Zambia has in the last 15 years lost about US$40 million agricultural exports market from an excess of US$80, says University of Zambia (UNZA) economics lecturer Dale Mudenda.
He observed that the private sector was unable to produce enough local products for export because they had challenges accessing financial capital due to expensive loans.
“It is sad that 15 years ago horticulture and agricultural products we were exporting in excess of US$80 million but now we are exporting about US$40 million,” Mr Mudenda said.
He said access to cheaper loans by the private sector could enable Zambia to revamp her industries and to export more local products.
“Government can give incentives to banks to enable businesses access cheaper credit which will enable them to invest and export and then pay back after some time.
“In this country what constrains the private sector is that loans are very expensive and with expensive loans you cannot support an industry. But that is one way the Government can use to diversify the economy and grow the private sector,” Mr Mudenda said. He said other African countries such as Kenya and Ethiopia had taken up the market which was for Zambia.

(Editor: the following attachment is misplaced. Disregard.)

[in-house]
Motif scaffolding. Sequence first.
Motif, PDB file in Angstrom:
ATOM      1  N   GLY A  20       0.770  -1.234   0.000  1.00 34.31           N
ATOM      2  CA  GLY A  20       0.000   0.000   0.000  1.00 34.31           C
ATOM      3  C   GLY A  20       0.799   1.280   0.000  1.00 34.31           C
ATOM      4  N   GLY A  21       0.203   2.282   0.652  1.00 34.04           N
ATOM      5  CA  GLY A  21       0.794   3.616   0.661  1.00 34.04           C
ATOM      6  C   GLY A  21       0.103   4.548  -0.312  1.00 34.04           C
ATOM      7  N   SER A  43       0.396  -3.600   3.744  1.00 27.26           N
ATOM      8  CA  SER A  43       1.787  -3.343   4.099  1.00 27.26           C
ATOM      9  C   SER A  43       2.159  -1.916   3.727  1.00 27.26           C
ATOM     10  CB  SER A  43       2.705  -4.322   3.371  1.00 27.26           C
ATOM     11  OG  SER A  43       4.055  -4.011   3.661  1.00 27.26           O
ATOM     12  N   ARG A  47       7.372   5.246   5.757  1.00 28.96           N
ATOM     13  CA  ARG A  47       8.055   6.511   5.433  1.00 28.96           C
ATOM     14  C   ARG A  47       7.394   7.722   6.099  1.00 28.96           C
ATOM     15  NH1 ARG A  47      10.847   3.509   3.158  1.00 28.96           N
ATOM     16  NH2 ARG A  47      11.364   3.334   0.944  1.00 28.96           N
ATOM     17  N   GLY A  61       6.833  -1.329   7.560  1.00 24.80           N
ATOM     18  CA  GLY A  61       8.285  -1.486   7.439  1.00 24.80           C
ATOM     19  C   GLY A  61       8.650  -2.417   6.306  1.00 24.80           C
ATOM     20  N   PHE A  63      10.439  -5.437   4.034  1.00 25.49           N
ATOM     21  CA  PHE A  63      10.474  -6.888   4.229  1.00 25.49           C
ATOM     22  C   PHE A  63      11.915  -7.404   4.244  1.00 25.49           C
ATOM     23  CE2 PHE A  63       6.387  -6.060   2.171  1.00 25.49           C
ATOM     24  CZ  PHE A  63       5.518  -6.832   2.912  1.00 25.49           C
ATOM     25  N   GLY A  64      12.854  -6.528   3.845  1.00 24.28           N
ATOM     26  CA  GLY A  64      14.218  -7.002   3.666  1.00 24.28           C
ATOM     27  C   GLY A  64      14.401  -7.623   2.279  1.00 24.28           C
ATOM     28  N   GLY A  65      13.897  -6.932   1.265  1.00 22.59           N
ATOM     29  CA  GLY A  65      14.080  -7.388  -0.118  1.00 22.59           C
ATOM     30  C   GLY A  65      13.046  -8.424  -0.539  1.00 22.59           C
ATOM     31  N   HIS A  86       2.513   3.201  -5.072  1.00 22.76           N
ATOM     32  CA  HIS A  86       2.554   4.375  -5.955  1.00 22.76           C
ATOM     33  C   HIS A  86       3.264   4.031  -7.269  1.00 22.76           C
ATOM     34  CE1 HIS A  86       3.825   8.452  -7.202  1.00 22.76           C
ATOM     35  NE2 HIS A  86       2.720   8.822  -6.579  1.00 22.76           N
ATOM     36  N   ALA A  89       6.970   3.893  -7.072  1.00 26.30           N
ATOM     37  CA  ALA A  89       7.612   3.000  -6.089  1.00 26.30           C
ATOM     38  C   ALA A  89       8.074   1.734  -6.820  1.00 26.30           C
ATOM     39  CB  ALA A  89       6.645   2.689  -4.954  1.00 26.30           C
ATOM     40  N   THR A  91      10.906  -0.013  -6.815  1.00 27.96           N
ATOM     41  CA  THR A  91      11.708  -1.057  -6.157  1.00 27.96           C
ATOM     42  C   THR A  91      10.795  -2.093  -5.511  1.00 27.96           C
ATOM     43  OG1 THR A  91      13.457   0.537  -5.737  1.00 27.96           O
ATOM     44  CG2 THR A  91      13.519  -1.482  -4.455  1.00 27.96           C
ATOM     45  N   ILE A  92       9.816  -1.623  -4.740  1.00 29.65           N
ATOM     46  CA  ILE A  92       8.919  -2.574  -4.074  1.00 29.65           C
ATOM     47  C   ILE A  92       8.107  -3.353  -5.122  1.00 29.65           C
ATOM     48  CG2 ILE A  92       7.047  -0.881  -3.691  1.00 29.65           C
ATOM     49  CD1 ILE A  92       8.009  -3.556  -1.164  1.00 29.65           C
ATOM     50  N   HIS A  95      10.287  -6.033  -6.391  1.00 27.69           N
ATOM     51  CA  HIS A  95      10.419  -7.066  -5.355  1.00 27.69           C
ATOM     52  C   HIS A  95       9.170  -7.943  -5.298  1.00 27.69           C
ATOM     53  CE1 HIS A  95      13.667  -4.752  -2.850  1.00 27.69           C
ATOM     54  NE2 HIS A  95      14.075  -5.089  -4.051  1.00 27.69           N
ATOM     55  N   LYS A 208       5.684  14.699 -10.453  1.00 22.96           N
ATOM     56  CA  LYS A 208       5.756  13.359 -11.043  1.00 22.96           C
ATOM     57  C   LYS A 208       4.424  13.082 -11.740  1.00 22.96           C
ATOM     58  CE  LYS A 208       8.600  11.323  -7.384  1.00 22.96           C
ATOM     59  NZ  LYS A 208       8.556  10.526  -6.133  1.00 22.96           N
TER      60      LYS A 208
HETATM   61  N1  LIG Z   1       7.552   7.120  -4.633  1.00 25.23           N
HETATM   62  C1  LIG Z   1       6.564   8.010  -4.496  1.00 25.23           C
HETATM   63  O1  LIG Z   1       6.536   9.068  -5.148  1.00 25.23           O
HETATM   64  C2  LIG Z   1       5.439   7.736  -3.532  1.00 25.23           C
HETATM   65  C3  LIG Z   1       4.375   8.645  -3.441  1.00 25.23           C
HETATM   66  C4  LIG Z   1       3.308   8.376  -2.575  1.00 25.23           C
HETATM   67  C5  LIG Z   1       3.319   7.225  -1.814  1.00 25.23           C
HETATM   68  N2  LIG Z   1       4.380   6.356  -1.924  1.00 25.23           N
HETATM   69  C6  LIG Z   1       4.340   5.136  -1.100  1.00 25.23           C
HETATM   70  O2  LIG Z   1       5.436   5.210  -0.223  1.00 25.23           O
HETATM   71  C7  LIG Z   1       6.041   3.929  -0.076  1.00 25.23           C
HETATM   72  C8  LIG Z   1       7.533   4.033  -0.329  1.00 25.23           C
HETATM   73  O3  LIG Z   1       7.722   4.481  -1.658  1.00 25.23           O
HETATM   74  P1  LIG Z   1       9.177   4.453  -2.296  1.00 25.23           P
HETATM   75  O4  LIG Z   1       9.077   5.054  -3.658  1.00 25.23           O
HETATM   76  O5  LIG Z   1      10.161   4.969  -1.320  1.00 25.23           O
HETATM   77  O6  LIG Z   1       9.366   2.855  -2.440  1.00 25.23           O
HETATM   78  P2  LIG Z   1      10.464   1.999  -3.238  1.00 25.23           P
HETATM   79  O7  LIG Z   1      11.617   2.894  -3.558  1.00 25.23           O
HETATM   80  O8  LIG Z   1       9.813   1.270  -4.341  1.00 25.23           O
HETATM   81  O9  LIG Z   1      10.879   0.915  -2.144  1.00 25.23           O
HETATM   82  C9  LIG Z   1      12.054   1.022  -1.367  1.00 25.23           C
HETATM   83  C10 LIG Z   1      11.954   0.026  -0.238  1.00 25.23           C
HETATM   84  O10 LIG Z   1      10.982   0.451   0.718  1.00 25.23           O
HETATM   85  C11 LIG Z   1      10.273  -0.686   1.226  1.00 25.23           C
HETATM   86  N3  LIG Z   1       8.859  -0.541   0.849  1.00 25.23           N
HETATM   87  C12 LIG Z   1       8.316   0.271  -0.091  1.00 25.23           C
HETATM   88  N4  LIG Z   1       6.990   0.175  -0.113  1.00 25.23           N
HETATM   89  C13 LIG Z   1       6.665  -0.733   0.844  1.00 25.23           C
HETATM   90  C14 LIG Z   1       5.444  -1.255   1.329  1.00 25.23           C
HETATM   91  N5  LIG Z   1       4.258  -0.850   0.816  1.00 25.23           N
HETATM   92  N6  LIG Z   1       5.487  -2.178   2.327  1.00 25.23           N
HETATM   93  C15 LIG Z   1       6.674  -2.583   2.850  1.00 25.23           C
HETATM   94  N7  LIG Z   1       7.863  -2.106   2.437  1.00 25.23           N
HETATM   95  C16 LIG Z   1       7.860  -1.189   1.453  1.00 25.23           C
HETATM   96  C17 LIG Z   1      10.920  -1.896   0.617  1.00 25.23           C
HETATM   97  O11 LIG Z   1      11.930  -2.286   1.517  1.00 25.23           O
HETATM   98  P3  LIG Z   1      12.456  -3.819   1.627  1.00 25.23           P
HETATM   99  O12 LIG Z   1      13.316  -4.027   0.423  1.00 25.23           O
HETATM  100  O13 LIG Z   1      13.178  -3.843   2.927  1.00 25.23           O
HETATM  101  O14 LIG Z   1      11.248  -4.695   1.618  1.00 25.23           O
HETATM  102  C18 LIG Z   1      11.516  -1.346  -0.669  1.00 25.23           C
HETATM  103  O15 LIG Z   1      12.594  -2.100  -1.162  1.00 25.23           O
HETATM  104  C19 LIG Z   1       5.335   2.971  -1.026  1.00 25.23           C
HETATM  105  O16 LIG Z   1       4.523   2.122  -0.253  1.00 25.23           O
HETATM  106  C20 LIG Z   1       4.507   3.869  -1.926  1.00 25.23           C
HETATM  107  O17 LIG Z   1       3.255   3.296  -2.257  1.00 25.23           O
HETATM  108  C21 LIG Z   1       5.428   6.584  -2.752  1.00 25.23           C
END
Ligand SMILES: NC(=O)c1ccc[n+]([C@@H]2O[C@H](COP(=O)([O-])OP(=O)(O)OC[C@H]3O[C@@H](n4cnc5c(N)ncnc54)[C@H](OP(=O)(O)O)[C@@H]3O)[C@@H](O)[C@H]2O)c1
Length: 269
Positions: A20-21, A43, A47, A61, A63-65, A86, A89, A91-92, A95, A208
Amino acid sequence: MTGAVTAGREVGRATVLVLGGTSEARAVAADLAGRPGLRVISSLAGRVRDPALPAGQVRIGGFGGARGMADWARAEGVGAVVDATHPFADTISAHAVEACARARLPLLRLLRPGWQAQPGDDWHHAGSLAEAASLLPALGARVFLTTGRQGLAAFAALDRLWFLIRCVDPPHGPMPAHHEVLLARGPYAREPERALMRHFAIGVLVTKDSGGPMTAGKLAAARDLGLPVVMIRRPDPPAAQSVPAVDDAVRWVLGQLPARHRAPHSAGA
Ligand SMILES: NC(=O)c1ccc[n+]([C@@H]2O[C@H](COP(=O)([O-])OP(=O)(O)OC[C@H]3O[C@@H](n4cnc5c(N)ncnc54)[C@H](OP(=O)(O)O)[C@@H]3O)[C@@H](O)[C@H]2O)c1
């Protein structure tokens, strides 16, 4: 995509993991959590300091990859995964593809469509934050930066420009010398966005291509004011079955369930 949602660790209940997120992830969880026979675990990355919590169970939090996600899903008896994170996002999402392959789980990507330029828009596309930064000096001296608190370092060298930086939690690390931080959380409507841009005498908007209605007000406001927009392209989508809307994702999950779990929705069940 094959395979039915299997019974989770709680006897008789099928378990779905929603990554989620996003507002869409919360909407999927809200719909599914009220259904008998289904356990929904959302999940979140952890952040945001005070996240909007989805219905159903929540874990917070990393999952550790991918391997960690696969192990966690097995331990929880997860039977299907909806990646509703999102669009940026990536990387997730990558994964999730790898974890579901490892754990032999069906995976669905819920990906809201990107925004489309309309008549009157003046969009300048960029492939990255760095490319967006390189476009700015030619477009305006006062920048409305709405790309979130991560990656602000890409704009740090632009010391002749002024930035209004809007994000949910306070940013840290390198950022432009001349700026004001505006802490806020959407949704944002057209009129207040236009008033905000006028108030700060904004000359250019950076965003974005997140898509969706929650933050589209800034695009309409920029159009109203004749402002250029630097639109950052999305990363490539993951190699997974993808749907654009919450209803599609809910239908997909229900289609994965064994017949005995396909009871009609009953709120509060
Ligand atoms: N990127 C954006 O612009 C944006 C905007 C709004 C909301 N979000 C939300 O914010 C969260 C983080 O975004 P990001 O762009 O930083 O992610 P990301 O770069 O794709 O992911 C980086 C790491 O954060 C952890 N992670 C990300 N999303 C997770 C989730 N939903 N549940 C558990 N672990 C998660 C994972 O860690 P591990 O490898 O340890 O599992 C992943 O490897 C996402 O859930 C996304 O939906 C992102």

“The industry has collapsed and our competitors such as Kenya and Ethiopia have take advantage of the market which was ours just because we have not kept consistent policies to support the industry,” Mr Mudenda said. Meanwhile, Mr Mudenda said while domestic borrowing was good, it crowded out the private sector.
“I think generally, we know that current activities on the domestic front is pushing up interest rates, so how can we leverage that; let us try and maintain fiscal policy,
“While domestic borrowing is good, it also crowds out the private sector and because the private sector has to borrow and invest, it is important to ensure that some sectors are sustained,” he said.